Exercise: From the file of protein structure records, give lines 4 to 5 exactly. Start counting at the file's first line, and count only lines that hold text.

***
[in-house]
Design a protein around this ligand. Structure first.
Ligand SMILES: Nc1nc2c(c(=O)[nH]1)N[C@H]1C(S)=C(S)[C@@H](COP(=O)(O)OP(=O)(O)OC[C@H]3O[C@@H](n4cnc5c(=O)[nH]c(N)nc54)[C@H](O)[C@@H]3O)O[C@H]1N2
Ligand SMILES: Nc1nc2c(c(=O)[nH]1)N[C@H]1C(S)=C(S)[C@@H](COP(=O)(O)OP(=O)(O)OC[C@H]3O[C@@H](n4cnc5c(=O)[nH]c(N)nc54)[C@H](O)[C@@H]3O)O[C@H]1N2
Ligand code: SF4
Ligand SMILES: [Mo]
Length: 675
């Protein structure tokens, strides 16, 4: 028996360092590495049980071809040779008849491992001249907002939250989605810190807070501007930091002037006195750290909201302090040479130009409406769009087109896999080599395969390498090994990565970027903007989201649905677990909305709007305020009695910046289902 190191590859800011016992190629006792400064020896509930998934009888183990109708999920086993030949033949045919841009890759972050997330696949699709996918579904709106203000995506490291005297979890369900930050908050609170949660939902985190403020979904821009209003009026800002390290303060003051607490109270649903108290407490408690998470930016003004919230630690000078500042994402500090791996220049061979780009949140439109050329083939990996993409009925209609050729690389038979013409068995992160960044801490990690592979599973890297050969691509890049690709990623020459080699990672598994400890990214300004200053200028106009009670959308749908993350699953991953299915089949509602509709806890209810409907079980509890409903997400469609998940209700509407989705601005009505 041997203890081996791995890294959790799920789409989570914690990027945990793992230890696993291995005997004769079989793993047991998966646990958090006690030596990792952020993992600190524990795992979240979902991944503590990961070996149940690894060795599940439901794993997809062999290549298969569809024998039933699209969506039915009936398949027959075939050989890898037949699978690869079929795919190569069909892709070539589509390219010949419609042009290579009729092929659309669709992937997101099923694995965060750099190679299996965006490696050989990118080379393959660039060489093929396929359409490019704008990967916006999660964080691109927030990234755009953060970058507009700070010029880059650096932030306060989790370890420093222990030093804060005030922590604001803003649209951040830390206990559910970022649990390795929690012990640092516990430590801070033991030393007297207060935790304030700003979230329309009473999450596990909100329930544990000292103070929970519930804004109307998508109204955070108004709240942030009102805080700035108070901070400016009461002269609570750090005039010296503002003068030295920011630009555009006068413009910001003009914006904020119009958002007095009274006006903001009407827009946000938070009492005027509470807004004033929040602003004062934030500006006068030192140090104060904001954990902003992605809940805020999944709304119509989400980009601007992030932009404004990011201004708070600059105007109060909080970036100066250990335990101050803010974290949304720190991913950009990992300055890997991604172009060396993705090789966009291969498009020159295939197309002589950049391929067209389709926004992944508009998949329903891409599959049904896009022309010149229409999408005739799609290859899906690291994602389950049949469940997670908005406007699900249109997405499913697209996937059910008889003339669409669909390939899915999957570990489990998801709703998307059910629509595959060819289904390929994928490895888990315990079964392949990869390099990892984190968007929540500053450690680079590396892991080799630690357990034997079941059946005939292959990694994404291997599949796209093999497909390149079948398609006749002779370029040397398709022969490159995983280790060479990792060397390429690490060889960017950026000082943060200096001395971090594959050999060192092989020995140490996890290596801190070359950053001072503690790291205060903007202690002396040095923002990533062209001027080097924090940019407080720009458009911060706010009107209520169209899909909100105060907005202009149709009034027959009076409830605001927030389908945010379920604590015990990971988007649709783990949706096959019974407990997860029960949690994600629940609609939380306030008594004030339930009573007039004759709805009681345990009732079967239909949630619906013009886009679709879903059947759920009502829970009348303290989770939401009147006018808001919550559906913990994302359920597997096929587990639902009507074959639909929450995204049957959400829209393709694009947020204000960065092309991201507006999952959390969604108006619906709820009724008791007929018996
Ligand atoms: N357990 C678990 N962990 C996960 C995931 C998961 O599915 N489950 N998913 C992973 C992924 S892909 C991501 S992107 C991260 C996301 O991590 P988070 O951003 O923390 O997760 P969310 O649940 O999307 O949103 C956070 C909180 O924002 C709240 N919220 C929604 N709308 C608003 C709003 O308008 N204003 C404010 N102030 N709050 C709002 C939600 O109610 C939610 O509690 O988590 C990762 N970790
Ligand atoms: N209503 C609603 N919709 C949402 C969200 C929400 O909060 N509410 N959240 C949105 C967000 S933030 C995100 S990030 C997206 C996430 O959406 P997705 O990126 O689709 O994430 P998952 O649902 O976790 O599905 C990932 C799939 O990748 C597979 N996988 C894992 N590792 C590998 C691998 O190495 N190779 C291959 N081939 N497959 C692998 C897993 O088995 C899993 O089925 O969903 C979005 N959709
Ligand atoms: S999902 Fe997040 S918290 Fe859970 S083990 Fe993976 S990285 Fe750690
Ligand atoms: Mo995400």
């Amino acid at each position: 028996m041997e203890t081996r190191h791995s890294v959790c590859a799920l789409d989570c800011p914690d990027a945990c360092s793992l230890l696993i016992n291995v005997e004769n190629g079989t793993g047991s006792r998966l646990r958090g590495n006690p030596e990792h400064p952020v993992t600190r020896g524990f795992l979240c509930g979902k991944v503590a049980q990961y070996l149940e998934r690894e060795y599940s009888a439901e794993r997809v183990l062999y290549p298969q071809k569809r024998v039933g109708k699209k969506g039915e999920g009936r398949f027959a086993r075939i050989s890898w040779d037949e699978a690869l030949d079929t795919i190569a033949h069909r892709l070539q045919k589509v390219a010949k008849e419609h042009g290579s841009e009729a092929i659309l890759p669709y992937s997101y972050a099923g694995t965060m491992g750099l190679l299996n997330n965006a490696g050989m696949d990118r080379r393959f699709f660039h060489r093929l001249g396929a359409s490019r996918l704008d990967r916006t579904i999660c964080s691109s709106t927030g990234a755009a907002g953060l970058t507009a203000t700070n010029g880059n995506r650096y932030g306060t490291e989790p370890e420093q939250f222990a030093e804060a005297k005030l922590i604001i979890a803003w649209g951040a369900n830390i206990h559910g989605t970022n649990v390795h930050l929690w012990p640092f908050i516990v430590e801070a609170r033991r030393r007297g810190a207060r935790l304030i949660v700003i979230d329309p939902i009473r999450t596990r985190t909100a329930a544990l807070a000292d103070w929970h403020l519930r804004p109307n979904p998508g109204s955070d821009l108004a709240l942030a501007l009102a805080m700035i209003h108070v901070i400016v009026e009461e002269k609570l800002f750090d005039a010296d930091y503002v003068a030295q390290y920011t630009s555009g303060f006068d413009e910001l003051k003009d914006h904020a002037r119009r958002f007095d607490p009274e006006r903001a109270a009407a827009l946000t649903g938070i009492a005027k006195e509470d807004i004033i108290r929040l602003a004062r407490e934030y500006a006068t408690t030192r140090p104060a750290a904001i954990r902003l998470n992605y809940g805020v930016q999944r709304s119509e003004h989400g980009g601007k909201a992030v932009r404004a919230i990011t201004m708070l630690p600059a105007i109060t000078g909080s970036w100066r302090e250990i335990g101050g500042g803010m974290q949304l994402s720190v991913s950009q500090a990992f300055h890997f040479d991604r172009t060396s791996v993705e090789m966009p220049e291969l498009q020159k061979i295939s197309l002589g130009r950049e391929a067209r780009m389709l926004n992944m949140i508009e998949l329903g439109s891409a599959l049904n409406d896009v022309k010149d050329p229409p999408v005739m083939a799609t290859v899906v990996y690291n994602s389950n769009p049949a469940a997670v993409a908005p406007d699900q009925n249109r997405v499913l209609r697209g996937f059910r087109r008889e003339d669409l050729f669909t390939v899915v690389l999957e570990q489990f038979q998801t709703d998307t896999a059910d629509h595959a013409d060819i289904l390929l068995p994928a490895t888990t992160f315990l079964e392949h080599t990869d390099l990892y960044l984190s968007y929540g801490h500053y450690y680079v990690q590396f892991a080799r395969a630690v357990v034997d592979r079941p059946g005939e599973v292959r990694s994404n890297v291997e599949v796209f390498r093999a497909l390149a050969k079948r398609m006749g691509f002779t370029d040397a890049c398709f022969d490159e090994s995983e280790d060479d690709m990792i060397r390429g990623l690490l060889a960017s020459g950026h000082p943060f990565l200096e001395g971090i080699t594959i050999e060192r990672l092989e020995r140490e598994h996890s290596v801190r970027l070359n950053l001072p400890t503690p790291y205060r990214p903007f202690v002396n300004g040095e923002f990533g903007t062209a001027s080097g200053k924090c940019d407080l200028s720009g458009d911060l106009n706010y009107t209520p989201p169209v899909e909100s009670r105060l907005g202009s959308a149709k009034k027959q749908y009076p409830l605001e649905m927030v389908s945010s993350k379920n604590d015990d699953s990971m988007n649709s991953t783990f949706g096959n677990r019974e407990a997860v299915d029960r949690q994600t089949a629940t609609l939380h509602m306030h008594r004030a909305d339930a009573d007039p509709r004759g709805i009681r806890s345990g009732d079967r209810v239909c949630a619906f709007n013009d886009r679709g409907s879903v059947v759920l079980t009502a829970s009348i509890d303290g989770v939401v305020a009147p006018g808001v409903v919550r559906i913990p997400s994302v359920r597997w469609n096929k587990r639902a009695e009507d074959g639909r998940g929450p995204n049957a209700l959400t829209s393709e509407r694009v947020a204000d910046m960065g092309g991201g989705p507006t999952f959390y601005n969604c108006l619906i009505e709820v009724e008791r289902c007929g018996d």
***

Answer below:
Ligand SMILES: Nc1nc2c(c(=O)[nH]1)N[C@H]1C(S)=C(S)[C@@H](COP(=O)(O)OP(=O)(O)OC[C@H]3O[C@@H](n4cnc5c(=O)[nH]c(N)nc54)[C@H](O)[C@@H]3O)O[C@H]1N2
Ligand code: SF4